Sales in the three months to June 2019 have shown a small increase of 0.7% year on year, but have bucked up by a more considerable 1.6% compared to May 2019, according to the latest ONS Retail Sales figures.
According to the ONS, the quantity bought in June 2019 increased by 1.0% when compared with May 2019; non-food stores provided the largest contribution to this growth.
The year-on-year growth rate shows that the quantity bought in June 2019 increased by 3.8%, with growth across all sectors except department stores, while May 2019 was at 2.2% for the year-on-year growth rate.
Internet sales increased by 8.0% for the amount spent in June 2019 when compared with June 2018, with all sectors showing growth except food stores.
In contrast, internet sales fell on the month by 0.7% when compared with May 2019. Non-store retailing was the largest contributor to this fall at negative 3.1%. Online sales as a proportion of all retailing fell to 18.9% in June 2019, from the 19.3% reported in May 2019.
However, online sales have seen a boost in June, with IMRG CapGemini reporting that online retail sales rose by +8.5% Year-on-Year (YOY) in June, representing the strongest growth so far this year.
Meanwhile, in June 2019, ONS estimates for both the amount spent (value) and quantity bought (volume) in retail sales showed growth across all measures. Both the amount spent and the quantity bought in the retail industry reported strong growth of 4.3% and 3.8% respectively when compared with a year earlier.
The monthly picture also showed strong growth of 1.3% for the amount spent and 1.0% for the quantity bought.
In the three months to June 2019, the amount spent and the quantity bought both increased by 0.7% respectively when compared with the previous three months. This has slowed from the stronger growth of 1.5% in the amount spent and 1.6% in the quantity bought in the three months to May 2019.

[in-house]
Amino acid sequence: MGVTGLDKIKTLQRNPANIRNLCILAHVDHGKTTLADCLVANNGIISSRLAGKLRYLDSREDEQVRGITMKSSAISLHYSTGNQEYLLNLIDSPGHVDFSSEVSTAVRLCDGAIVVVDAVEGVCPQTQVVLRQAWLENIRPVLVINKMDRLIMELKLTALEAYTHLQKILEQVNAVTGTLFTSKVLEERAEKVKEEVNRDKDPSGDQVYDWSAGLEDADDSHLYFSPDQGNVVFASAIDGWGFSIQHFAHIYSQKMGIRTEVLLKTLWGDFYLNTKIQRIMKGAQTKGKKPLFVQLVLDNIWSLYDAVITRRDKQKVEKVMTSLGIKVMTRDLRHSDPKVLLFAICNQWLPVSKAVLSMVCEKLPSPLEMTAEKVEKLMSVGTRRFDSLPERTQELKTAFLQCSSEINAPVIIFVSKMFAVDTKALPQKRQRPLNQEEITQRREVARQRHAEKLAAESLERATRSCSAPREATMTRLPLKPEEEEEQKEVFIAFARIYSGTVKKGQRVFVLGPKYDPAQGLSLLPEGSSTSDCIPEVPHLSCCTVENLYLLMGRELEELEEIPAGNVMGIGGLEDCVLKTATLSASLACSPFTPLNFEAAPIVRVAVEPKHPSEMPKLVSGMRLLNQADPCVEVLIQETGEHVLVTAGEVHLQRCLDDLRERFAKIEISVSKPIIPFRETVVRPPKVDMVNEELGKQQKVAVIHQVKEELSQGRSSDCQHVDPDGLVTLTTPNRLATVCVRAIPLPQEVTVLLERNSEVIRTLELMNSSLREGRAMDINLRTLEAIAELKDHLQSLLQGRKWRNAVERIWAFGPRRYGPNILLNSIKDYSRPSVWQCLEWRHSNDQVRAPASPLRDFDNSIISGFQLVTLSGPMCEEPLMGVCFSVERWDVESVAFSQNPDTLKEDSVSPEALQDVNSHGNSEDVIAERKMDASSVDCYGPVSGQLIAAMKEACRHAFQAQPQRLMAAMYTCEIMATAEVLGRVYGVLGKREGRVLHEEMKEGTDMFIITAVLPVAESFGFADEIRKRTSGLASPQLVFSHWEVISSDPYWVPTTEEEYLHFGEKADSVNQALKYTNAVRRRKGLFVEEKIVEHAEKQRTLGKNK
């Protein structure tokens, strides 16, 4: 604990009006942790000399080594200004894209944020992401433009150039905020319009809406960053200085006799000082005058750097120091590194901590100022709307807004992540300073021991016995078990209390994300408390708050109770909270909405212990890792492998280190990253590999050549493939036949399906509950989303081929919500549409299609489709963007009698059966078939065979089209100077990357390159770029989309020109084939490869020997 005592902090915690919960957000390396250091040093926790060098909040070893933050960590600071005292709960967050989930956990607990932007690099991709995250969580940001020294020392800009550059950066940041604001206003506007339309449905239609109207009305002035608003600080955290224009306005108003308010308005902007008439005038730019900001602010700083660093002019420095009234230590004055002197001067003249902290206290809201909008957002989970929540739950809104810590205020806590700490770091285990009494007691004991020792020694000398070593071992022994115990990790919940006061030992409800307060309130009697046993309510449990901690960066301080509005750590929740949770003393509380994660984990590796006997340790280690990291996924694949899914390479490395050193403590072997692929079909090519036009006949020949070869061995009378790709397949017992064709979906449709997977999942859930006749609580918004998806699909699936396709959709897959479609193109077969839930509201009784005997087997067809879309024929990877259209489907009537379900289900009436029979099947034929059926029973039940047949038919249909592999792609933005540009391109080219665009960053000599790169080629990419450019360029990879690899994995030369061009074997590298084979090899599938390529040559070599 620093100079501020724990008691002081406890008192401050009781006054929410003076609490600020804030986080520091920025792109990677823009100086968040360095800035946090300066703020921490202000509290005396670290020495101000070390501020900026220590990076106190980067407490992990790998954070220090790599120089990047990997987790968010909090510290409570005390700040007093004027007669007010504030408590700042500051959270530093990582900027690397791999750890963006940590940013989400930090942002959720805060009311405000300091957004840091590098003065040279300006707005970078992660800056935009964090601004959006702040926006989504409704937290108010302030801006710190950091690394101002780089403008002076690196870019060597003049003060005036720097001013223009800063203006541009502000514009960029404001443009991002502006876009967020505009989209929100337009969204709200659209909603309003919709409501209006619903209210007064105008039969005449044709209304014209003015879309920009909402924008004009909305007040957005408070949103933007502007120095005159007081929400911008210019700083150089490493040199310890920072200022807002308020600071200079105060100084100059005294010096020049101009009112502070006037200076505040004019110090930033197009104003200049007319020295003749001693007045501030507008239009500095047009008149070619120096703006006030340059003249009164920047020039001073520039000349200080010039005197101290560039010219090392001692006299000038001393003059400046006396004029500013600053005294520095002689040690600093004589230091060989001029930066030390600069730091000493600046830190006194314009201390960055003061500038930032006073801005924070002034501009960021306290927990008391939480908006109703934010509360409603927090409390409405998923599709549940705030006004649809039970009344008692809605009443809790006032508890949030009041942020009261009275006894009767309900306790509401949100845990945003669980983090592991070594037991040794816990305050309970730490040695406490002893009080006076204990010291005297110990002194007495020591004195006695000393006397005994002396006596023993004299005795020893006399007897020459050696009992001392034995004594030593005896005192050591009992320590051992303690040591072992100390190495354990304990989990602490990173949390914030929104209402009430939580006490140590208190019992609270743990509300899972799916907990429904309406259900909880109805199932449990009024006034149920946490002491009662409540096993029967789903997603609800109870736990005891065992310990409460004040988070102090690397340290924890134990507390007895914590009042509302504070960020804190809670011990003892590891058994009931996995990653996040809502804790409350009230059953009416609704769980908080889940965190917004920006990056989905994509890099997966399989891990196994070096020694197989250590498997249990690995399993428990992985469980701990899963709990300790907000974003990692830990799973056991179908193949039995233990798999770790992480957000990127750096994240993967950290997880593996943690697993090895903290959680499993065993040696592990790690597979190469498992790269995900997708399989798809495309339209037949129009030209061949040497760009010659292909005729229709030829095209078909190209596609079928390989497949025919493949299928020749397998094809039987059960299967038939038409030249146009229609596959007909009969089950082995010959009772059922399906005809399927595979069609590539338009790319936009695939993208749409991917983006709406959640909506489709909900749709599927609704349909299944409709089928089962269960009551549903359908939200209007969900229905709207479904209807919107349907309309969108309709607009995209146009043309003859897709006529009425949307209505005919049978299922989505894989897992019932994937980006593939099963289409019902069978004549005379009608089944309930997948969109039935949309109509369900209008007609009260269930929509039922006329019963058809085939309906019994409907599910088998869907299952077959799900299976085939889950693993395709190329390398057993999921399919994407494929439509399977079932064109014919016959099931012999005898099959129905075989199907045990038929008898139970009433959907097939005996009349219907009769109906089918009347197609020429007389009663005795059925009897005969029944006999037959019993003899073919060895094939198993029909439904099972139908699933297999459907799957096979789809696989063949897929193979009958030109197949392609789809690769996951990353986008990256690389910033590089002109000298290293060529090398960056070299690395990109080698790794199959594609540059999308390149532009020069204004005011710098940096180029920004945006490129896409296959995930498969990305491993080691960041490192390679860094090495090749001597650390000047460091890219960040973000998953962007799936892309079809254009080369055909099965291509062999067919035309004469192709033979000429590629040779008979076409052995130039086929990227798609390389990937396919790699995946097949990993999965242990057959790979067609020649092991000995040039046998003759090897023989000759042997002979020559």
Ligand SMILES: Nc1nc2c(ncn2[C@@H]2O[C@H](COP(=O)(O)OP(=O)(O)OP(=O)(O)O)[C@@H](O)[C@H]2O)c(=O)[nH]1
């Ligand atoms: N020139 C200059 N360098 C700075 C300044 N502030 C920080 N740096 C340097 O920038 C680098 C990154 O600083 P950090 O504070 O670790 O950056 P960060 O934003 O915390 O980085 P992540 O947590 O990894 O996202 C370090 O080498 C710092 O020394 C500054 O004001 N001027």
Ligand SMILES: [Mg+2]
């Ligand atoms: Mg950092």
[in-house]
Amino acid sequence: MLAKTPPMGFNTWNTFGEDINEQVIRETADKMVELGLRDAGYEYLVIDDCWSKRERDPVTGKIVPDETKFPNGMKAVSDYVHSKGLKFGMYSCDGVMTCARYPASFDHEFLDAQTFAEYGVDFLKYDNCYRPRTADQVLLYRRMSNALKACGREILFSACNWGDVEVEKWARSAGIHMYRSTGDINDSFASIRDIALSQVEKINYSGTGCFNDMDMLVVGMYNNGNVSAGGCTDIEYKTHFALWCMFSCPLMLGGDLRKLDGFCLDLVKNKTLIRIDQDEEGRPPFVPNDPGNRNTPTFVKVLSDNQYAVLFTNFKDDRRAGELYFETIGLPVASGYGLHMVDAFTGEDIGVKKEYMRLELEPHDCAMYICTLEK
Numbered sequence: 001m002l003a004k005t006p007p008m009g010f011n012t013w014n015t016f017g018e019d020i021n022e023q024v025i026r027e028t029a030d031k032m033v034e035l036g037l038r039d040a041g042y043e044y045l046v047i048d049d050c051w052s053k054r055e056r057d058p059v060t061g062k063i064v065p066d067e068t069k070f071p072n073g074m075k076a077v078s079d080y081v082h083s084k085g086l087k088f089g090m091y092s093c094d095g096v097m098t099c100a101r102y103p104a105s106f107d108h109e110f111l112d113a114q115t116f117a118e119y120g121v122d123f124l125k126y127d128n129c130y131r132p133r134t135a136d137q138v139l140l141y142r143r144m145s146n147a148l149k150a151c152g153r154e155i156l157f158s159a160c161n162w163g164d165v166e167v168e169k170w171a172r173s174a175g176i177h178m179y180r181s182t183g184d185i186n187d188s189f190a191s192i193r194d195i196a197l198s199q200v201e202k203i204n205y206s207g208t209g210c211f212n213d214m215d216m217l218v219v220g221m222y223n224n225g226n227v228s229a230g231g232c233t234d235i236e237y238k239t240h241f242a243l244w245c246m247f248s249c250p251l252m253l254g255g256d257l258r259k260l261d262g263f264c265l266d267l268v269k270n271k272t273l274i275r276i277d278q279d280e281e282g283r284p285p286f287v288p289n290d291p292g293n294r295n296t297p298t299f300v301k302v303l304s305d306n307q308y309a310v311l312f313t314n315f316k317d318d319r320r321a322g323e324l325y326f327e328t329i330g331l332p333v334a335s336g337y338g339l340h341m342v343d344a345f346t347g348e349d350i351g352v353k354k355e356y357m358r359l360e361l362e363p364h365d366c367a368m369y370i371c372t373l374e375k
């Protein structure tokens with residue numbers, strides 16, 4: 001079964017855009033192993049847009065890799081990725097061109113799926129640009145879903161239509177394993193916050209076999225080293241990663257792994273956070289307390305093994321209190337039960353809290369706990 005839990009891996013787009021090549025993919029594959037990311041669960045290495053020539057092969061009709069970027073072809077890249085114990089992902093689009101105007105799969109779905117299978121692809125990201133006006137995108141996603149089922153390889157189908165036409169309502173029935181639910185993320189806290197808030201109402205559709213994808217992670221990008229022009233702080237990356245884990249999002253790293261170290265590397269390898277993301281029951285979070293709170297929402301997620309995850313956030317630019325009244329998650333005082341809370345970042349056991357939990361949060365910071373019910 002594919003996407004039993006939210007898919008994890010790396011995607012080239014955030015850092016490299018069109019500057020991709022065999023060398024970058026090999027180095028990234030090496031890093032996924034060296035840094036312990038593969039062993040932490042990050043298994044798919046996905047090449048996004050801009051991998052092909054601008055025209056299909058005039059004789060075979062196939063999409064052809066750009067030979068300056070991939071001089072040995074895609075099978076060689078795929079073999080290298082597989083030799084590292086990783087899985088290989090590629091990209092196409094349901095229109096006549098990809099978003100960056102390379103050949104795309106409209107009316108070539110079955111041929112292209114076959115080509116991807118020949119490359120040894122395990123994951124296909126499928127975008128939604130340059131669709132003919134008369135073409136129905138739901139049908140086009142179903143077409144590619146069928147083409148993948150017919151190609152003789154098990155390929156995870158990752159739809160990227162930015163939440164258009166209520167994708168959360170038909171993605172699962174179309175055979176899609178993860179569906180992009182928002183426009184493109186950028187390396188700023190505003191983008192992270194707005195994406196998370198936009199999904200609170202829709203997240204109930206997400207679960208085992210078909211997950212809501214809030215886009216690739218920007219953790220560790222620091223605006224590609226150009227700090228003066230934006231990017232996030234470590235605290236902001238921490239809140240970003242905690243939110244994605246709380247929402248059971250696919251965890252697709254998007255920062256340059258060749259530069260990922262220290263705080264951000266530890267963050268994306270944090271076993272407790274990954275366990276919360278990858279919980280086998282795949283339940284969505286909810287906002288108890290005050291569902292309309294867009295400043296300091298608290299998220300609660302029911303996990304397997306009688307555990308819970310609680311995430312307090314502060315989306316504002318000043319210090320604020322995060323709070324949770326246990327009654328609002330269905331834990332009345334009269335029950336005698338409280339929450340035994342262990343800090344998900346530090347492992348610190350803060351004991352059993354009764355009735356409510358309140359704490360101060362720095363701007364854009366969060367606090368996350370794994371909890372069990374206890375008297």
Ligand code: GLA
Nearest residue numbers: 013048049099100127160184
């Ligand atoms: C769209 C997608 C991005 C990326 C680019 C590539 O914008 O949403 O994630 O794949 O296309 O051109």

Department stores continued the general downward trend as the only sector to show a fall in non-food stores, at negative 0.2% for the amount spent and negative 0.4% for the quantity bought. This was the sixth consecutive month-on-month decline for department stores.
Clothing stores reported growth in both the amount spent and quantity bought in June 2019 of 1.5% and 1.2% respectively; partly recovering from the strong falls reported in the previous month at negative 3.4% for the amount spent and 3.8% for the quantity bought. Feedback from retailers suggested this was a consequence of consumers reacting well to summer sales following a slow uptake in the previous month.
Other stores is the largest component within non-food stores and with a month-on-month increase of 3.2% for both the quantity bought and the amount spent, this store type provided the largest contribution to the monthly growth in non-food stores.
Kyle Monk, Head of Insight and Analytics at the British Retail Consortium, comments: “The ONS Retail Sales Index has defied both analyst predictions and generally reported sentiment from retailers. The BRC-KPMG Retail Sales Monitor tracks a substantial part of the UK retail market and showed a decline of 1.3%. Similarly the Visa UK Consumer Spending Index showed a 1.4% decline in spending for the month. Given that last June 2018 was such a strong trading period, it is very difficult to believe that nationally year-on-year sales rose by 4.0%.”